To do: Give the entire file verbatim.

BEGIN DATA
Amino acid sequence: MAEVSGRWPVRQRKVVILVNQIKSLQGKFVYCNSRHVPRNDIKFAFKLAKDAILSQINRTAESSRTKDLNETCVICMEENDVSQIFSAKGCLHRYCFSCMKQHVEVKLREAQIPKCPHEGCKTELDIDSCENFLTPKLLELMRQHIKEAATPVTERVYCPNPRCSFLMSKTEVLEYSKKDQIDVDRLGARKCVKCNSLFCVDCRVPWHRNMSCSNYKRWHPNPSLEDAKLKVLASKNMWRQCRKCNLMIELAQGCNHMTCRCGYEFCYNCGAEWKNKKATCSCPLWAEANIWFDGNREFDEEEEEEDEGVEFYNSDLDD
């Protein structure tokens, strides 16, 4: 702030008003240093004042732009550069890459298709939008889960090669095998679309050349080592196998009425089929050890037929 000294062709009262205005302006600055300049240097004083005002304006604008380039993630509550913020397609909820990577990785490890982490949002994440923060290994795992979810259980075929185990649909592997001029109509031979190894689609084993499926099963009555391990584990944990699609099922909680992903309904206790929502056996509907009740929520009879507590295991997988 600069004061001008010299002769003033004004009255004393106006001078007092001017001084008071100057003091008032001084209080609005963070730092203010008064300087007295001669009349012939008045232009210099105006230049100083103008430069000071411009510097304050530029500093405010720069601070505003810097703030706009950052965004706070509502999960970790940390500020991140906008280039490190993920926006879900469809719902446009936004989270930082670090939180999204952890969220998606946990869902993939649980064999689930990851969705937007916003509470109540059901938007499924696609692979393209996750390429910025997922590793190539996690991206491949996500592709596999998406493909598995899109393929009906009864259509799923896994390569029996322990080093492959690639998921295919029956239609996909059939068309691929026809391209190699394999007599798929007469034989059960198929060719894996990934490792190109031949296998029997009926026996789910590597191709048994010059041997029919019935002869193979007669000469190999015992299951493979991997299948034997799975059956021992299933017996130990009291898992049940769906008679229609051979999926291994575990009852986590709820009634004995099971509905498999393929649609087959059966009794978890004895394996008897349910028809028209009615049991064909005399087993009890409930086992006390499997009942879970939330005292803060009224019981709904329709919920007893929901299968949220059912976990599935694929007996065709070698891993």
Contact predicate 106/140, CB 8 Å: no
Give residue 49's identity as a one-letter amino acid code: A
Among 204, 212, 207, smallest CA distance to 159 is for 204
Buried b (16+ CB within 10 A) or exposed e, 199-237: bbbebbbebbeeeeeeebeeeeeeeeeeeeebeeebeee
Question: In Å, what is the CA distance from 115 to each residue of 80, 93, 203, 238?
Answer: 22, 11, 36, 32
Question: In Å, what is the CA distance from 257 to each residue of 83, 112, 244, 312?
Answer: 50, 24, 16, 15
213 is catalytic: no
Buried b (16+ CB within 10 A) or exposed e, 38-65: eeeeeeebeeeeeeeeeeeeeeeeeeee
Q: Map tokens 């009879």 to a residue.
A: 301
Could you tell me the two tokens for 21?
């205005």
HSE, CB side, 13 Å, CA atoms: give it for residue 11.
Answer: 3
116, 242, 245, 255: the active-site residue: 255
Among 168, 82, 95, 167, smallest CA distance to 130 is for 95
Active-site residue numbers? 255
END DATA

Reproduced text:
Amino acid sequence: MAEVSGRWPVRQRKVVILVNQIKSLQGKFVYCNSRHVPRNDIKFAFKLAKDAILSQINRTAESSRTKDLNETCVICMEENDVSQIFSAKGCLHRYCFSCMKQHVEVKLREAQIPKCPHEGCKTELDIDSCENFLTPKLLELMRQHIKEAATPVTERVYCPNPRCSFLMSKTEVLEYSKKDQIDVDRLGARKCVKCNSLFCVDCRVPWHRNMSCSNYKRWHPNPSLEDAKLKVLASKNMWRQCRKCNLMIELAQGCNHMTCRCGYEFCYNCGAEWKNKKATCSCPLWAEANIWFDGNREFDEEEEEEDEGVEFYNSDLDD
């Protein structure tokens, strides 16, 4: 702030008003240093004042732009550069890459298709939008889960090669095998679309050349080592196998009425089929050890037929 000294062709009262205005302006600055300049240097004083005002304006604008380039993630509550913020397609909820990577990785490890982490949002994440923060290994795992979810259980075929185990649909592997001029109509031979190894689609084993499926099963009555391990584990944990699609099922909680992903309904206790929502056996509907009740929520009879507590295991997988 600069004061001008010299002769003033004004009255004393106006001078007092001017001084008071100057003091008032001084209080609005963070730092203010008064300087007295001669009349012939008045232009210099105006230049100083103008430069000071411009510097304050530029500093405010720069601070505003810097703030706009950052965004706070509502999960970790940390500020991140906008280039490190993920926006879900469809719902446009936004989270930082670090939180999204952890969220998606946990869902993939649980064999689930990851969705937007916003509470109540059901938007499924696609692979393209996750390429910025997922590793190539996690991206491949996500592709596999998406493909598995899109393929009906009864259509799923896994390569029996322990080093492959690639998921295919029956239609996909059939068309691929026809391209190699394999007599798929007469034989059960198929060719894996990934490792190109031949296998029997009926026996789910590597191709048994010059041997029919019935002869193979007669000469190999015992299951493979991997299948034997799975059956021992299933017996130990009291898992049940769906008679229609051979999926291994575990009852986590709820009634004995099971509905498999393929649609087959059966009794978890004895394996008897349910028809028209009615049991064909005399087993009890409930086992006390499997009942879970939330005292803060009224019981709904329709919920007893929901299968949220059912976990599935694929007996065709070698891993």
Contact predicate 106/140, CB 8 Å: no
Give residue 49's identity as a one-letter amino acid code: A
Among 204, 212, 207, smallest CA distance to 159 is for 204
Buried b (16+ CB within 10 A) or exposed e, 199-237: bbbebbbebbeeeeeeebeeeeeeeeeeeeebeeebeee
Question: In Å, what is the CA distance from 115 to each residue of 80, 93, 203, 238?
Answer: 22, 11, 36, 32
Question: In Å, what is the CA distance from 257 to each residue of 83, 112, 244, 312?
Answer: 50, 24, 16, 15
213 is catalytic: no
Buried b (16+ CB within 10 A) or exposed e, 38-65: eeeeeeebeeeeeeeeeeeeeeeeeeee
Q: Map tokens 């009879």 to a residue.
A: 301
Could you tell me the two tokens for 21?
């205005």
HSE, CB side, 13 Å, CA atoms: give it for residue 11.
Answer: 3
116, 242, 245, 255: the active-site residue: 255
Among 168, 82, 95, 167, smallest CA distance to 130 is for 95
Active-site residue numbers? 255